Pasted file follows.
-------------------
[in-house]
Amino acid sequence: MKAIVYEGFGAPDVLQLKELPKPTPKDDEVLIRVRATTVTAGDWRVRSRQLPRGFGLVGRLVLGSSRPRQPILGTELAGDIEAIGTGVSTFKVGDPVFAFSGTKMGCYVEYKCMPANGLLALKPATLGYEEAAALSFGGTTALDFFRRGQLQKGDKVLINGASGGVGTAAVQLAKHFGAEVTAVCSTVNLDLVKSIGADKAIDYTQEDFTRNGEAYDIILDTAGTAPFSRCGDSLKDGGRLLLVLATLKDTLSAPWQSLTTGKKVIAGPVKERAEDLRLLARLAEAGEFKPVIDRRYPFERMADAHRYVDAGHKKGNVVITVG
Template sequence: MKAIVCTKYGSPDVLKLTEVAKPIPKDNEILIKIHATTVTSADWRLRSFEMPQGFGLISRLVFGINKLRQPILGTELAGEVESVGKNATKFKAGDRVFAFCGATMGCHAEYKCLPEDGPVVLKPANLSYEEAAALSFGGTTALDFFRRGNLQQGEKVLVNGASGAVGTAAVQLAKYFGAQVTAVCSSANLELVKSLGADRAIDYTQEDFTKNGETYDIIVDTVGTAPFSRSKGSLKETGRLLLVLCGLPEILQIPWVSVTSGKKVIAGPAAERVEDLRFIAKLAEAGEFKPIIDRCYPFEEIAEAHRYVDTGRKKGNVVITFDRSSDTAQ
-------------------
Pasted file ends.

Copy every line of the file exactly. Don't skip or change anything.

[in-house]
Amino acid sequence: MKAIVYEGFGAPDVLQLKELPKPTPKDDEVLIRVRATTVTAGDWRVRSRQLPRGFGLVGRLVLGSSRPRQPILGTELAGDIEAIGTGVSTFKVGDPVFAFSGTKMGCYVEYKCMPANGLLALKPATLGYEEAAALSFGGTTALDFFRRGQLQKGDKVLINGASGGVGTAAVQLAKHFGAEVTAVCSTVNLDLVKSIGADKAIDYTQEDFTRNGEAYDIILDTAGTAPFSRCGDSLKDGGRLLLVLATLKDTLSAPWQSLTTGKKVIAGPVKERAEDLRLLARLAEAGEFKPVIDRRYPFERMADAHRYVDAGHKKGNVVITVG
Template sequence: MKAIVCTKYGSPDVLKLTEVAKPIPKDNEILIKIHATTVTSADWRLRSFEMPQGFGLISRLVFGINKLRQPILGTELAGEVESVGKNATKFKAGDRVFAFCGATMGCHAEYKCLPEDGPVVLKPANLSYEEAAALSFGGTTALDFFRRGNLQQGEKVLVNGASGAVGTAAVQLAKYFGAQVTAVCSSANLELVKSLGADRAIDYTQEDFTKNGETYDIIVDTVGTAPFSRSKGSLKETGRLLLVLCGLPEILQIPWVSVTSGKKVIAGPAAERVEDLRFIAKLAEAGEFKPIIDRCYPFEEIAEAHRYVDTGRKKGNVVITFDRSSDTAQ